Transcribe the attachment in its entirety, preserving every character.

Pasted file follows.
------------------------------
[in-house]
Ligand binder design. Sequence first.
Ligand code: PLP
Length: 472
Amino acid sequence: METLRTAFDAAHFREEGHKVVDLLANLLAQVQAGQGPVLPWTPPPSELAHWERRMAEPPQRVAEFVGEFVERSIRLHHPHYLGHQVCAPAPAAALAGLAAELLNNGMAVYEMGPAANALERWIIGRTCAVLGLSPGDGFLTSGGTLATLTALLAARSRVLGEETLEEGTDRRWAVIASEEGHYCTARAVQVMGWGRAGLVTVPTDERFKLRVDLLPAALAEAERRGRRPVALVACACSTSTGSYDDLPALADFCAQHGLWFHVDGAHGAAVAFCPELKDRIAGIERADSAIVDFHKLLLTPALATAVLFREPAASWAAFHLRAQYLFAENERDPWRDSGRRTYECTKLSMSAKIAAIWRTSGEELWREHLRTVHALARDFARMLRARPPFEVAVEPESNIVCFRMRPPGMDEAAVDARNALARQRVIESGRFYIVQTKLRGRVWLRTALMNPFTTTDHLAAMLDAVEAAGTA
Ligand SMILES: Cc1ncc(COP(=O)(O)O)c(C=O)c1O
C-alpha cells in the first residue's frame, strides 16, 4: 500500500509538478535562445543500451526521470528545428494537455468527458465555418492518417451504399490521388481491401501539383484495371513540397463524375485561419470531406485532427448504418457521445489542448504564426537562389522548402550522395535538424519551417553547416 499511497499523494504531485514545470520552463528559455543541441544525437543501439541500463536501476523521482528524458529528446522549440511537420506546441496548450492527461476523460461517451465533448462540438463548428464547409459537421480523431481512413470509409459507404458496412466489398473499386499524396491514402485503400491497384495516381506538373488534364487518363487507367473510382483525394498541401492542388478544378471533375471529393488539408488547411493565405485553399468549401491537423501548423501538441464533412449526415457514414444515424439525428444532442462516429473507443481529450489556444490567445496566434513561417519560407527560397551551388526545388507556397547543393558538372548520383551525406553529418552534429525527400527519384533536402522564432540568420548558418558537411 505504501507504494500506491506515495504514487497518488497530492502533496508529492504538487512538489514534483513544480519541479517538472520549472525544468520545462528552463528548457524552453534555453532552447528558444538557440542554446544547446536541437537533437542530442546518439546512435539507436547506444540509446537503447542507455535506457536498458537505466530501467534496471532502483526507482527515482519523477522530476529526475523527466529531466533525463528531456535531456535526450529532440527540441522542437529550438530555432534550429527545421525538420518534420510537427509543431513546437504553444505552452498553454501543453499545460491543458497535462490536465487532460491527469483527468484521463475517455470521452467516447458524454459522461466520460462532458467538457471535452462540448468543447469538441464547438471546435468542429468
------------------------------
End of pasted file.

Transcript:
[in-house]
Ligand binder design. Sequence first.
Ligand code: PLP
Length: 472
Amino acid sequence: METLRTAFDAAHFREEGHKVVDLLANLLAQVQAGQGPVLPWTPPPSELAHWERRMAEPPQRVAEFVGEFVERSIRLHHPHYLGHQVCAPAPAAALAGLAAELLNNGMAVYEMGPAANALERWIIGRTCAVLGLSPGDGFLTSGGTLATLTALLAARSRVLGEETLEEGTDRRWAVIASEEGHYCTARAVQVMGWGRAGLVTVPTDERFKLRVDLLPAALAEAERRGRRPVALVACACSTSTGSYDDLPALADFCAQHGLWFHVDGAHGAAVAFCPELKDRIAGIERADSAIVDFHKLLLTPALATAVLFREPAASWAAFHLRAQYLFAENERDPWRDSGRRTYECTKLSMSAKIAAIWRTSGEELWREHLRTVHALARDFARMLRARPPFEVAVEPESNIVCFRMRPPGMDEAAVDARNALARQRVIESGRFYIVQTKLRGRVWLRTALMNPFTTTDHLAAMLDAVEAAGTA
Ligand SMILES: Cc1ncc(COP(=O)(O)O)c(C=O)c1O
C-alpha cells in the first residue's frame, strides 16, 4: 500500500509538478535562445543500451526521470528545428494537455468527458465555418492518417451504399490521388481491401501539383484495371513540397463524375485561419470531406485532427448504418457521445489542448504564426537562389522548402550522395535538424519551417553547416 499511497499523494504531485514545470520552463528559455543541441544525437543501439541500463536501476523521482528524458529528446522549440511537420506546441496548450492527461476523460461517451465533448462540438463548428464547409459537421480523431481512413470509409459507404458496412466489398473499386499524396491514402485503400491497384495516381506538373488534364487518363487507367473510382483525394498541401492542388478544378471533375471529393488539408488547411493565405485553399468549401491537423501548423501538441464533412449526415457514414444515424439525428444532442462516429473507443481529450489556444490567445496566434513561417519560407527560397551551388526545388507556397547543393558538372548520383551525406553529418552534429525527400527519384533536402522564432540568420548558418558537411 505504501507504494500506491506515495504514487497518488497530492502533496508529492504538487512538489514534483513544480519541479517538472520549472525544468520545462528552463528548457524552453534555453532552447528558444538557440542554446544547446536541437537533437542530442546518439546512435539507436547506444540509446537503447542507455535506457536498458537505466530501467534496471532502483526507482527515482519523477522530476529526475523527466529531466533525463528531456535531456535526450529532440527540441522542437529550438530555432534550429527545421525538420518534420510537427509543431513546437504553444505552452498553454501543453499545460491543458497535462490536465487532460491527469483527468484521463475517455470521452467516447458524454459522461466520460462532458467538457471535452462540448468543447469538441464547438471546435468542429468